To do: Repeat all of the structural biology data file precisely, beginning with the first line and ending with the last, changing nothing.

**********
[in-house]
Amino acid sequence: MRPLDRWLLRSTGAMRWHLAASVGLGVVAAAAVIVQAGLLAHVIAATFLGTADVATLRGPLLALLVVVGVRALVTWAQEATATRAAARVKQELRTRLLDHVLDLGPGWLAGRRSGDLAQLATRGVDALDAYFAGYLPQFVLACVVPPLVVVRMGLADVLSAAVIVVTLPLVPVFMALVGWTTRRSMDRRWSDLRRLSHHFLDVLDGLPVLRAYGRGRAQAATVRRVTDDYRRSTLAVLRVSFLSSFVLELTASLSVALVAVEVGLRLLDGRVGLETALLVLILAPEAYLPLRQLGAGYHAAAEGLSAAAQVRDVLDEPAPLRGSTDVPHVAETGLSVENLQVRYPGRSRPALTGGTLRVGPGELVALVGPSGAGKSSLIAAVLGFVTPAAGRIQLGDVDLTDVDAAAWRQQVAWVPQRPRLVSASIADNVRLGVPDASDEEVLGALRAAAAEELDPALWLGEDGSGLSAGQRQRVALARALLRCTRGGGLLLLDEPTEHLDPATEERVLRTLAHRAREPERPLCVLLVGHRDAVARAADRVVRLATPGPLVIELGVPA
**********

[in-house]
Amino acid sequence: MRPLDRWLLRSTGAMRWHLAASVGLGVVAAAAVIVQAGLLAHVIAATFLGTADVATLRGPLLALLVVVGVRALVTWAQEATATRAAARVKQELRTRLLDHVLDLGPGWLAGRRSGDLAQLATRGVDALDAYFAGYLPQFVLACVVPPLVVVRMGLADVLSAAVIVVTLPLVPVFMALVGWTTRRSMDRRWSDLRRLSHHFLDVLDGLPVLRAYGRGRAQAATVRRVTDDYRRSTLAVLRVSFLSSFVLELTASLSVALVAVEVGLRLLDGRVGLETALLVLILAPEAYLPLRQLGAGYHAAAEGLSAAAQVRDVLDEPAPLRGSTDVPHVAETGLSVENLQVRYPGRSRPALTGGTLRVGPGELVALVGPSGAGKSSLIAAVLGFVTPAAGRIQLGDVDLTDVDAAAWRQQVAWVPQRPRLVSASIADNVRLGVPDASDEEVLGALRAAAAEELDPALWLGEDGSGLSAGQRQRVALARALLRCTRGGGLLLLDEPTEHLDPATEERVLRTLAHRAREPERPLCVLLVGHRDAVARAADRVVRLATPGPLVIELGVPA